Imagine that you have:

keys = ['name', 'age', 'food']
values = ['Monty', 42, 'spam']

What is the simplest way to produce the following dictionary?

a_dict = {'name' : 'Monty', 'age' : 42, 'food' : 'spam'}

15 Answers 15


Like this:

>>> keys = ['a', 'b', 'c']
>>> values = [1, 2, 3]
>>> dictionary = dict(zip(keys, values))
>>> print(dictionary)
{'a': 1, 'b': 2, 'c': 3}

Voila :-) The pairwise dict constructor and zip function are awesomely useful: https://docs.python.org/3/library/functions.html#func-dict

  • 2
    It is worth noting that dictionary = {zip(keys, values)} won't work. You have to explicitly declare as dict(...) – Fernando Wittmann Aug 28 '19 at 15:52
  • 3
    Not sure why you'd expect it to, @FernandoWittmann. {thing} is syntactic sugar to construct a set() containing one element. {*iterable} is syntactic sugar to construct a set containing several elements. {k:v} or {**mapping} will construct a dict, but that's syntactically quite distinct. – Dan Lenski Aug 28 '19 at 16:41
  • 5
    Thanks for the comment Dan. You are right. My confusion happened because I usually use the sintax {} for dictionaries. In fact, if we try type({}) the output is dict. But indeed, if we try type({thing}) then the output is set. – Fernando Wittmann Aug 28 '19 at 17:42
  • I came here in case we can do better than {k:v for k, v in zip(keys, values)}. It turns out we can. +1. – J.G. yesterday

Imagine that you have:

keys = ('name', 'age', 'food')
values = ('Monty', 42, 'spam')

What is the simplest way to produce the following dictionary ?

dict = {'name' : 'Monty', 'age' : 42, 'food' : 'spam'}

Most performant - Python 2.7 and 3, dict comprehension:

A possible improvement on using the dict constructor is to use the native syntax of a dict comprehension (not a list comprehension, as others have mistakenly put it):

new_dict = {k: v for k, v in zip(keys, values)}

In Python 2, zip returns a list, to avoid creating an unnecessary list, use izip instead (aliased to zip can reduce code changes when you move to Python 3).

from itertools import izip as zip

So that is still:

new_dict = {k: v for k, v in zip(keys, values)}

Python 2, ideal for <= 2.6

izip from itertools becomes zip in Python 3. izip is better than zip for Python 2 (because it avoids the unnecessary list creation), and ideal for 2.6 or below:

from itertools import izip
new_dict = dict(izip(keys, values))

Python 3

In Python 3, zip becomes the same function that was in the itertools module, so that is simply:

new_dict = dict(zip(keys, values))

A dict comprehension would be more performant though (see performance review at the end of this answer).

Result for all cases:

In all cases:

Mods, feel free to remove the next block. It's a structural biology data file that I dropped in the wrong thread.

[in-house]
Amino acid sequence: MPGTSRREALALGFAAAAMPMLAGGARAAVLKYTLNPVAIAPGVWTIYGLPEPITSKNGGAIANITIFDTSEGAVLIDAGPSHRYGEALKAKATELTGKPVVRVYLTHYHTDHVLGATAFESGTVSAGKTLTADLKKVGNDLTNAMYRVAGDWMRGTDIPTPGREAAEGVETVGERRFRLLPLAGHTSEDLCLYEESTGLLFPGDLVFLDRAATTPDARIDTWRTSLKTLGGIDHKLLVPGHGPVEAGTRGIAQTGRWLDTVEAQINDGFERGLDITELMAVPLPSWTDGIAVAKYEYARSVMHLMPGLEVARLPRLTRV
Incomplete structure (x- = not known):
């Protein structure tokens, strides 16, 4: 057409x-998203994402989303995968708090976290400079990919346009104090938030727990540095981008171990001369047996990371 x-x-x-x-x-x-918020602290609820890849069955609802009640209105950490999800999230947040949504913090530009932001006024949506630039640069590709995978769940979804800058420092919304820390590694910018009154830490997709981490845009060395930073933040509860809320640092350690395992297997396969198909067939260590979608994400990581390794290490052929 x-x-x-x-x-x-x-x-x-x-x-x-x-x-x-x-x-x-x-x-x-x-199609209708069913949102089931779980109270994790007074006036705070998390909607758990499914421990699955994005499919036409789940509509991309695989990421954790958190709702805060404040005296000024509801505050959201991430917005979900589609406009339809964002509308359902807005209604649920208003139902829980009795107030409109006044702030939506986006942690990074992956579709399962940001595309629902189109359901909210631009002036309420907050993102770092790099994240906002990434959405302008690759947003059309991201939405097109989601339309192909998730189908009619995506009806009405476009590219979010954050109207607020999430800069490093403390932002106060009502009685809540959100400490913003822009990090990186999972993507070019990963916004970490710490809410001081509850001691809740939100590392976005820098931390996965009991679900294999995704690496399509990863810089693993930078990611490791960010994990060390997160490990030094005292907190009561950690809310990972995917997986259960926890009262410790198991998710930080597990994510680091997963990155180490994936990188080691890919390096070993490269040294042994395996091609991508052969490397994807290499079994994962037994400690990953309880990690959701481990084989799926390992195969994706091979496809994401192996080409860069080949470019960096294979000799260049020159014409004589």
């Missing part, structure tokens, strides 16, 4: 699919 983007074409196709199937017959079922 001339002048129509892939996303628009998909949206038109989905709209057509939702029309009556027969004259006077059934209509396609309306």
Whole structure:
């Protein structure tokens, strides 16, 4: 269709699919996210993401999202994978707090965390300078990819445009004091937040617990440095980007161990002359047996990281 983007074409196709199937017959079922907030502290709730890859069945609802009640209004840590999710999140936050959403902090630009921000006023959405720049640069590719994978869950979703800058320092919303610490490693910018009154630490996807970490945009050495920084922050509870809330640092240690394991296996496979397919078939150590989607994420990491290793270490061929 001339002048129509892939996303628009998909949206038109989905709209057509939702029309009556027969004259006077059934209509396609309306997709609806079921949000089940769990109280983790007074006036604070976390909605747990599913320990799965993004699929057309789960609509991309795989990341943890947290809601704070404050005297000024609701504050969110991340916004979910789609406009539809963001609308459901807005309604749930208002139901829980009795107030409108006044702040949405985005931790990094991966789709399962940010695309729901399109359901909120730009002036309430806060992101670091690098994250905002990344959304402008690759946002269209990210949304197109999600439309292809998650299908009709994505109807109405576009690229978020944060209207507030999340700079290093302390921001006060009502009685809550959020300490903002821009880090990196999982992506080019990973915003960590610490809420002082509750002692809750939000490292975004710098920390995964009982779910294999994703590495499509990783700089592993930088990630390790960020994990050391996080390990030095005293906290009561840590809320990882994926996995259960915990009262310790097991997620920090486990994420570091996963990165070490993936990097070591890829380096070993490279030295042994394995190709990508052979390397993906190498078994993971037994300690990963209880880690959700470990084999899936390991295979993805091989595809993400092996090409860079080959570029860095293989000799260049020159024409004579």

>>> new_dict
{'age': 42, 'name': 'Monty', 'food': 'spam'}


If we look at the help on dict we see that it takes a variety of forms of arguments:

>>> help(dict)

class dict(object)
 |  dict() -> new empty dictionary
 |  dict(mapping) -> new dictionary initialized from a mapping object's
 |      (key, value) pairs
 |  dict(iterable) -> new dictionary initialized as if via:
 |      d = {}
 |      for k, v in iterable:
 |          d[k] = v
 |  dict(**kwargs) -> new dictionary initialized with the name=value pairs
 |      in the keyword argument list.  For example:  dict(one=1, two=2)

The optimal approach is to use an iterable while avoiding creating unnecessary data structures. In Python 2, zip creates an unnecessary list:

>>> zip(keys, values)
[('name', 'Monty'), ('age', 42), ('food', 'spam')]

In Python 3, the equivalent would be:

>>> list(zip(keys, values))
[('name', 'Monty'), ('age', 42), ('food', 'spam')]

and Python 3's zip merely creates an iterable object:

>>> zip(keys, values)
<zip object at 0x7f0e2ad029c8>

Since we want to avoid creating unnecessary data structures, we usually want to avoid Python 2's zip (since it creates an unnecessary list).

Less performant alternatives:

This is a generator expression being passed to the dict constructor:

generator_expression = ((k, v) for k, v in zip(keys, values))

or equivalently:

dict((k, v) for k, v in zip(keys, values))

And this is a list comprehension being passed to the dict constructor:

dict([(k, v) for k, v in zip(keys, values)])

In the first two cases, an extra layer of non-operative (thus unnecessary) computation is placed over the zip iterable, and in the case of the list comprehension, an extra list is unnecessarily created. I would expect all of them to be less performant, and certainly not more-so.

Performance review: